Log4j: The Pain Just Keeps Going and Going
Make no mistake about it. The Apache Log4j’s Log4Shell security hole was an all-time awful code disaster. I mean, by National Vulnerability Database (NVD) count, it had a 10.0 CVSSv3 score. That’s on a 0.1 to 10 scale.
As security company Nextron Systems’ head of research, Florian Roth tweeted, “The #Log4Shell vulnerability isn’t just an RCE [Remote Code Execution] 0day. It’s a vulnerability that causes hundreds and thousands of 0days in all kinds of software products. It’s a 0day cluster bomb.”
But, hey, it was patched months ago. True, there was a security hiccup with the first Log4j patch, but it was quickly fixed. So, we’re all good now, right? Right!?
As the US Cybersecurity and Infrastructure Security Agency (CISA) and the US Coast Guard Cyber Command (CGCYBER) recently reported in a joint Cybersecurity Advisory (CSA) notification, hackers, including state-sponsored advanced persistent threat (APT) actors, are still exploiting CVE-2021-44228 (Log4Shell) in VMware Horizon and Unified Access Gateway (UAG).
But guess what? There’s more!
The US Department of Homeland Security (DHS) Cyber Safety Review Board’s (CSRB) report on Log4j, found “The Log4j event is not over. Log4j remains deeply embedded in systems, and even within the short period available for our review, community stakeholders have identified new compromises, new threat actors, and new learnings.”
The attacks just keep coming and coming. As Chad Skipper, VMware’s Global Security Technologist, said, “Since January 2022, VMware NSX Network Detection and Response has tracked over 25 million exploit attempts against Log4j.” And there are far, far more organizations out there that don’t have any security system protecting and tracking their problems.
Log4j Is Everywhere
Why is Log4j such a persistent pain in the rump? First, it’s a very popular, open source Java-based logging framework. So it’s been embedded into thousands of other software packages. That’s no typo. Log4j is in thousands of programs. Adding insult to injury, Log4j is often deeply embedded in code and hidden from view due to being called in by indirect dependencies.
So, the CSRB stated that “Defenders faced a particularly challenging situation; the vulnerability impacted virtually every networked organization, and the severity of the threat required fast action.” Making matters worse, according to CSRB, “There is no comprehensive ‘customer list’ for Log4j or even a list of where it is integrated as a subsystem.”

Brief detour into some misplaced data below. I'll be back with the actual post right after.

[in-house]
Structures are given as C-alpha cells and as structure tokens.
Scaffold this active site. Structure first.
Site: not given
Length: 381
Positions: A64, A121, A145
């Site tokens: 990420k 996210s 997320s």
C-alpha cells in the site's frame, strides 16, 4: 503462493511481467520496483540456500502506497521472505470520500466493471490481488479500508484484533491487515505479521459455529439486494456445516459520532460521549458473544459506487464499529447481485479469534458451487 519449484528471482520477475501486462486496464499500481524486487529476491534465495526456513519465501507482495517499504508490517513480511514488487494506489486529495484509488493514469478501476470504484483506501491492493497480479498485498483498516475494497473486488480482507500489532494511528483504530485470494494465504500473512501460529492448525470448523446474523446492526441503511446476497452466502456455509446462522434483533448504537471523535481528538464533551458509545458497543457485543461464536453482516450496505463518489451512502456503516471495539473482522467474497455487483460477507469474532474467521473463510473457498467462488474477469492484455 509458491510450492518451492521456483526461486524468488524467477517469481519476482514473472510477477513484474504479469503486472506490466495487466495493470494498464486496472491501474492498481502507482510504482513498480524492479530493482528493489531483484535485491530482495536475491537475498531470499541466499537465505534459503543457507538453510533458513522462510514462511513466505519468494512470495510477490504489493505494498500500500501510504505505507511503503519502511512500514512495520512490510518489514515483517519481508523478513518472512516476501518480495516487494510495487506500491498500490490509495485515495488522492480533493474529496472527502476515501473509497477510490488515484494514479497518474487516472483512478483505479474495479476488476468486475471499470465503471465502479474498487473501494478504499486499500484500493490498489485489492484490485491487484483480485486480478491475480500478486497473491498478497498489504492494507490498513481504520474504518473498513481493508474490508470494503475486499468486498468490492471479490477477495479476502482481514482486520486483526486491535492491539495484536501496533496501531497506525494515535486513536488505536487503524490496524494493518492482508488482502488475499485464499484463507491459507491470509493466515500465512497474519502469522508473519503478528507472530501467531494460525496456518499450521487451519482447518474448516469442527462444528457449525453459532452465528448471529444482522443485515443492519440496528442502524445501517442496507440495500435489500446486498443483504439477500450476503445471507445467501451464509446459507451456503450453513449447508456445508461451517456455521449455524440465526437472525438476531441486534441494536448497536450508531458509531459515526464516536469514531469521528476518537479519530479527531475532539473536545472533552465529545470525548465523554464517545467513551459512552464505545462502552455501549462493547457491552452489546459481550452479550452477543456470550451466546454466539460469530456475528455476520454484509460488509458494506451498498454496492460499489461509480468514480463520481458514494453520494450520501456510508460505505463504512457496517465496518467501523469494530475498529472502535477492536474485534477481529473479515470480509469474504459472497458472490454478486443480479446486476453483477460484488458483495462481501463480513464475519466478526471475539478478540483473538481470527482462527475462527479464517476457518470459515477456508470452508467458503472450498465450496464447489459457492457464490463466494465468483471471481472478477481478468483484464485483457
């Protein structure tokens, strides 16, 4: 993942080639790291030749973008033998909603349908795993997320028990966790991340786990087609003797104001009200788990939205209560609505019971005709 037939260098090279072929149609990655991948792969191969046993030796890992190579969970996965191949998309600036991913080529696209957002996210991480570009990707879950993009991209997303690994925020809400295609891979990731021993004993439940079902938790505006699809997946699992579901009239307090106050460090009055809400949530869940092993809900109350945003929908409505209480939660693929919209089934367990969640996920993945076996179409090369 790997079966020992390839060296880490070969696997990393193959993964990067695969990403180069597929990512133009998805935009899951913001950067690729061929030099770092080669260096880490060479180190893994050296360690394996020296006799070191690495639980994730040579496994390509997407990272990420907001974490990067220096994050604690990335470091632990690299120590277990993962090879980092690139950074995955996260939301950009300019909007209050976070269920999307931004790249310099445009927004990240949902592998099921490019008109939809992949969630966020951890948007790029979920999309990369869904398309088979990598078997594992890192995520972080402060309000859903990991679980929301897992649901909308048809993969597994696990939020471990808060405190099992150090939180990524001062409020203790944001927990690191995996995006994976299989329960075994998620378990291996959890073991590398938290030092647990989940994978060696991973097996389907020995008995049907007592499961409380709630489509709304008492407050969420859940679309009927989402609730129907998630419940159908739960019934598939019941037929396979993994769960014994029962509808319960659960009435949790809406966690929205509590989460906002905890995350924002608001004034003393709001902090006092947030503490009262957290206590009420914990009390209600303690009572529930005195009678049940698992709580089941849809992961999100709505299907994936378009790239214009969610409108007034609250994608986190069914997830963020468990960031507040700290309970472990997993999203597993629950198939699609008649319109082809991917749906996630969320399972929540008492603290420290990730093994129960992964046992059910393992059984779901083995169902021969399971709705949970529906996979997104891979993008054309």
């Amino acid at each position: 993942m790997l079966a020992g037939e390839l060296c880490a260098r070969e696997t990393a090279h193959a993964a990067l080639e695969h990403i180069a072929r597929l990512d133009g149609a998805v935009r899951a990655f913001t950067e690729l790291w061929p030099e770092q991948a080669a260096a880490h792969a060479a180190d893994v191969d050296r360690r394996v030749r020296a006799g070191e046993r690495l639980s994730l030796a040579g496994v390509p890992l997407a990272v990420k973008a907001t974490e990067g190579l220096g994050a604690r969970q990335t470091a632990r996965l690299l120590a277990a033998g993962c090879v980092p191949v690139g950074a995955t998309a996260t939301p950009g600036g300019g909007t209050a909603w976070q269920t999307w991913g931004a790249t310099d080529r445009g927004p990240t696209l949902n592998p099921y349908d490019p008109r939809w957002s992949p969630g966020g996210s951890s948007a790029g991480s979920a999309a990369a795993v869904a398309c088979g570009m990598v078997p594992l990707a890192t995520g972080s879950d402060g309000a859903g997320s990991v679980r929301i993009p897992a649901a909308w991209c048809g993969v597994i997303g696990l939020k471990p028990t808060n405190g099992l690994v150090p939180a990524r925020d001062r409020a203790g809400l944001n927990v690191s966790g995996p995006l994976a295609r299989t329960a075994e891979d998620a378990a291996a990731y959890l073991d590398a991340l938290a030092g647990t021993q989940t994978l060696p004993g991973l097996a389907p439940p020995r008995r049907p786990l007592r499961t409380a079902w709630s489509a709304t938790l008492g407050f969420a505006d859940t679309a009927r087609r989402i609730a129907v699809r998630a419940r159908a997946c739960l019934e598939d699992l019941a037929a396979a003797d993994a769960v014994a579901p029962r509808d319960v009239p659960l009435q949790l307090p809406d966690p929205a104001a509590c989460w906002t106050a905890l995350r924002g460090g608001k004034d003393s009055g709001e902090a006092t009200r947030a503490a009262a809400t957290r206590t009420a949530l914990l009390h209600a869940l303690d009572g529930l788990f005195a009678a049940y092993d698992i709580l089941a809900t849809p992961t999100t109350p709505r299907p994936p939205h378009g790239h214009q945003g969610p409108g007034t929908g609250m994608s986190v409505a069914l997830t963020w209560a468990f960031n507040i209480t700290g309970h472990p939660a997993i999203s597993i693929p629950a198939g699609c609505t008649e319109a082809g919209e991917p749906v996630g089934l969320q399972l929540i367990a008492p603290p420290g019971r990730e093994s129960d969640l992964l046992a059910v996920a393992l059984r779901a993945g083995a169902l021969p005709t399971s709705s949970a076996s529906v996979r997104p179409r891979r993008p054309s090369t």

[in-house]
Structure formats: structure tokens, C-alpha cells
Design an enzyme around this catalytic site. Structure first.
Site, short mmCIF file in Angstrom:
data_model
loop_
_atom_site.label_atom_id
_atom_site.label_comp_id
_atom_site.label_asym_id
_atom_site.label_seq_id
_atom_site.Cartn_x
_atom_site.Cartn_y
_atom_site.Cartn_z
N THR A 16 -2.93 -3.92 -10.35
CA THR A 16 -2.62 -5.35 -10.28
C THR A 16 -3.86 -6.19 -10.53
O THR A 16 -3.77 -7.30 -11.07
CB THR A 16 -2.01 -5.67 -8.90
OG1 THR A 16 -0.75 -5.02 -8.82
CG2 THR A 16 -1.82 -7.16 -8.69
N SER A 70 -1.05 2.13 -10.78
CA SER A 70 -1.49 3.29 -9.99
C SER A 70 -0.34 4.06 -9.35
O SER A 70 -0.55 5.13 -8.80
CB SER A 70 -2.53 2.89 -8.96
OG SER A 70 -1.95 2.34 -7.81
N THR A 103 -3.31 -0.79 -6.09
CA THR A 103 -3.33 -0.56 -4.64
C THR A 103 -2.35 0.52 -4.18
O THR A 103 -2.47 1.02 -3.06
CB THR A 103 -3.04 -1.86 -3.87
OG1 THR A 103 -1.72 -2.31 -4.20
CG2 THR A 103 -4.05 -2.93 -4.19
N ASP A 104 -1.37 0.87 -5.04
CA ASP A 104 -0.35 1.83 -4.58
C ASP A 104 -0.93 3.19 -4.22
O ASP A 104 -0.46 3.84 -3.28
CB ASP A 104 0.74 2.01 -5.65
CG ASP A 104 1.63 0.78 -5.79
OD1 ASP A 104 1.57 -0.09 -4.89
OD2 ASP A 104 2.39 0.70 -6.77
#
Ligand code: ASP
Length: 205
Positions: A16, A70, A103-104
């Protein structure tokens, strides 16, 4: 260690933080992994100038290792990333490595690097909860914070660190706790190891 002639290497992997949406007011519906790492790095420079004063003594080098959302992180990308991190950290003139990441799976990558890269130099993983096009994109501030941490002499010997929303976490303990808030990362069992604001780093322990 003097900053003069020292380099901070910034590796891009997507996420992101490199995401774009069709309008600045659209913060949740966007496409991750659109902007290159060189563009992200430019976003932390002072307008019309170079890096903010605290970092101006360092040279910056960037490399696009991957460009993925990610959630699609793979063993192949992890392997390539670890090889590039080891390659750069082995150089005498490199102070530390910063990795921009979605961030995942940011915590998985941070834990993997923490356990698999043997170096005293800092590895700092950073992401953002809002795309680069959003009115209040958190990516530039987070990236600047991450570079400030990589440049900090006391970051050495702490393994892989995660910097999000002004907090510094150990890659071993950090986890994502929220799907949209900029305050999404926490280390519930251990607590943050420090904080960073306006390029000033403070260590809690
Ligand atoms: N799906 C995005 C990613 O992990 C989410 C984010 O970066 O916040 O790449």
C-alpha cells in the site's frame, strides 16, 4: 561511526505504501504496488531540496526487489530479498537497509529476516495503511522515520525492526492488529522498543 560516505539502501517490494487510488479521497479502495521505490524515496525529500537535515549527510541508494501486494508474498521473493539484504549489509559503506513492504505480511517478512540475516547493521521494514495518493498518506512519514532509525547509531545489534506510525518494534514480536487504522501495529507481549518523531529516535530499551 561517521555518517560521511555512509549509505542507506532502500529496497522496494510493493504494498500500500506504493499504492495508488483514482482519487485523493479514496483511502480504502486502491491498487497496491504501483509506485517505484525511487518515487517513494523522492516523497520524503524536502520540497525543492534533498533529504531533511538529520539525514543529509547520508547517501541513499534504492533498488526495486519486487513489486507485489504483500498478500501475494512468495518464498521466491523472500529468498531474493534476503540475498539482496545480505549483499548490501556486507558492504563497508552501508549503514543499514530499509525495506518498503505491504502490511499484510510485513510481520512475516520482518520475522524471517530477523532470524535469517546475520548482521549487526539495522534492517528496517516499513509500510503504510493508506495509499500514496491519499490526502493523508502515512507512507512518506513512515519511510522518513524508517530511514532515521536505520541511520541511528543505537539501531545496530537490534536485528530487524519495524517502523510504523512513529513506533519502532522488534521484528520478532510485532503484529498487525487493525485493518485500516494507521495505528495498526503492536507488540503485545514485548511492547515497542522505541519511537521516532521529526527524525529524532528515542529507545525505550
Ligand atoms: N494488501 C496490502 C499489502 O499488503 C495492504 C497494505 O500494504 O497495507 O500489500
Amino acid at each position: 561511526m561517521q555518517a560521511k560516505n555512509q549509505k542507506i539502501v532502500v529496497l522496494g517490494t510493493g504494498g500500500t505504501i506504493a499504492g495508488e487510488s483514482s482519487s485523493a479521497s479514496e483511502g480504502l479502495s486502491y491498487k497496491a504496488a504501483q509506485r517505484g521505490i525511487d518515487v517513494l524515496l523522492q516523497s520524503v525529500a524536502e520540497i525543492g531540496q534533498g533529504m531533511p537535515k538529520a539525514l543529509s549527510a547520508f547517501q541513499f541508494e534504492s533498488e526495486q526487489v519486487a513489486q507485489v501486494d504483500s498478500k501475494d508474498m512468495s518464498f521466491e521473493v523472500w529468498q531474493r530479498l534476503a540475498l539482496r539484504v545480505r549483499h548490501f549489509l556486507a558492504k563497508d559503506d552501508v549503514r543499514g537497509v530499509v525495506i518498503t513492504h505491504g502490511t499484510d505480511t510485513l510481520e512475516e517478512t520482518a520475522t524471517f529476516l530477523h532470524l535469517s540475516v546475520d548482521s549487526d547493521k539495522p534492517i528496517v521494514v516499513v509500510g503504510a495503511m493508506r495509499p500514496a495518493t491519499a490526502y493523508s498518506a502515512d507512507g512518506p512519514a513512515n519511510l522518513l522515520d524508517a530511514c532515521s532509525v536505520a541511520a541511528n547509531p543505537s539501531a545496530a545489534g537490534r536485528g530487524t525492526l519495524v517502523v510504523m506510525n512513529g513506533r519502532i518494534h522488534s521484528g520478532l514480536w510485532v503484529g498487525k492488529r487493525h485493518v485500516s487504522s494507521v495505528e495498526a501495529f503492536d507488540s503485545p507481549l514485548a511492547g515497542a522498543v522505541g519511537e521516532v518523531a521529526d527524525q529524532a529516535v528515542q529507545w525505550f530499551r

Welcome to how we use open source code. That’s a big reason Software Bills of Materials (SBOM) have become essential for securing the software supply chain.
So it was that “Enterprises and vendors scrambled to discover where they used Log4j. The pace, pressure, and publicity compounded the defensive challenges: security researchers quickly found additional vulnerabilities in Log4j, contributing to confusion and ‘patching fatigue’; defenders struggled to distinguish vulnerability scanning by bona fide researchers from threat actors, and responders found it difficult to find authoritative sources of information on how to address the issues,” the CSRB said.
The best responders from the open source community collaborated while working through weekends and the December holidays. They were largely successful in finding and fixing the bugs. However, the CSRB claims that “few organizations were able to execute this kind of response” as quickly or efficiently as needed. Part of the problem was deploying the patches was “also a risk decision, forcing a tradeoff between possible operational disruption and timeliness, completeness, and compensating controls.”
What You Can Do
So, what can we do? The CSRB has many good suggestions on how to protect yourself. Most of them, you already — or at least you should — know.
But if you haven’t been doing them yet — and I know some of you haven’t — it’s high time you did. After all, as the CSRB Board states, Log4j is an “endemic vulnerability” and “vulnerable instances of Log4j will remain in systems for many years to come.”
My final word, for now, comes from Google’s VP of infrastructure, Eric Brewer. “If you are using open source, you can’t expect other people to magically fix security issues for you,” If you use open source code — and who doesn’t? — you, too, must help maintain and patch its problems. We are all in this together.